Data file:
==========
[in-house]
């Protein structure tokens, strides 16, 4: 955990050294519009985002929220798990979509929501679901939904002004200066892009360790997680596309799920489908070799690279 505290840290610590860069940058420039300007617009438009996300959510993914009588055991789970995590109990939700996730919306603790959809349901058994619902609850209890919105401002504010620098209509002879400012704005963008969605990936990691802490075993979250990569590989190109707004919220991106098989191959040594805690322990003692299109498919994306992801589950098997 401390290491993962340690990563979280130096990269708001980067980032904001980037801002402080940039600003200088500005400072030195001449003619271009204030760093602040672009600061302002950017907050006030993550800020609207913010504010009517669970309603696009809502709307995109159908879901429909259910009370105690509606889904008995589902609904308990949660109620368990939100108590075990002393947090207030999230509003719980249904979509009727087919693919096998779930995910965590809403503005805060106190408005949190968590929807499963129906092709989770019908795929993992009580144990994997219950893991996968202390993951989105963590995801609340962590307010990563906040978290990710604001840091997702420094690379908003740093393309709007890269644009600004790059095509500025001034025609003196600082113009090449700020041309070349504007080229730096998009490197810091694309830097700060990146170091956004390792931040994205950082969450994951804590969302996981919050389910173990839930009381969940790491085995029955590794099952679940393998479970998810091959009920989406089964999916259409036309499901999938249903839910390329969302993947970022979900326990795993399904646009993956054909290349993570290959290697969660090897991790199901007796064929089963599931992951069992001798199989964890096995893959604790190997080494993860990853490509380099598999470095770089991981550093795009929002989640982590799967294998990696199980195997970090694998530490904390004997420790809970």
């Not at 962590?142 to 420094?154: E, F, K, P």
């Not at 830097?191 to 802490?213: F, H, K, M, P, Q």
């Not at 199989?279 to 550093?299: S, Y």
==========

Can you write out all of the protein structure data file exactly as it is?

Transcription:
[in-house]
């Protein structure tokens, strides 16, 4: 955990050294519009985002929220798990979509929501679901939904002004200066892009360790997680596309799920489908070799690279 505290840290610590860069940058420039300007617009438009996300959510993914009588055991789970995590109990939700996730919306603790959809349901058994619902609850209890919105401002504010620098209509002879400012704005963008969605990936990691802490075993979250990569590989190109707004919220991106098989191959040594805690322990003692299109498919994306992801589950098997 401390290491993962340690990563979280130096990269708001980067980032904001980037801002402080940039600003200088500005400072030195001449003619271009204030760093602040672009600061302002950017907050006030993550800020609207913010504010009517669970309603696009809502709307995109159908879901429909259910009370105690509606889904008995589902609904308990949660109620368990939100108590075990002393947090207030999230509003719980249904979509009727087919693919096998779930995910965590809403503005805060106190408005949190968590929807499963129906092709989770019908795929993992009580144990994997219950893991996968202390993951989105963590995801609340962590307010990563906040978290990710604001840091997702420094690379908003740093393309709007890269644009600004790059095509500025001034025609003196600082113009090449700020041309070349504007080229730096998009490197810091694309830097700060990146170091956004390792931040994205950082969450994951804590969302996981919050389910173990839930009381969940790491085995029955590794099952679940393998479970998810091959009920989406089964999916259409036309499901999938249903839910390329969302993947970022979900326990795993399904646009993956054909290349993570290959290697969660090897991790199901007796064929089963599931992951069992001798199989964890096995893959604790190997080494993860990853490509380099598999470095770089991981550093795009929002989640982590799967294998990696199980195997970090694998530490904390004997420790809970």
């Not at 962590?142 to 420094?154: E, F, K, P």
């Not at 830097?191 to 802490?213: F, H, K, M, P, Q």
């Not at 199989?279 to 550093?299: S, Y």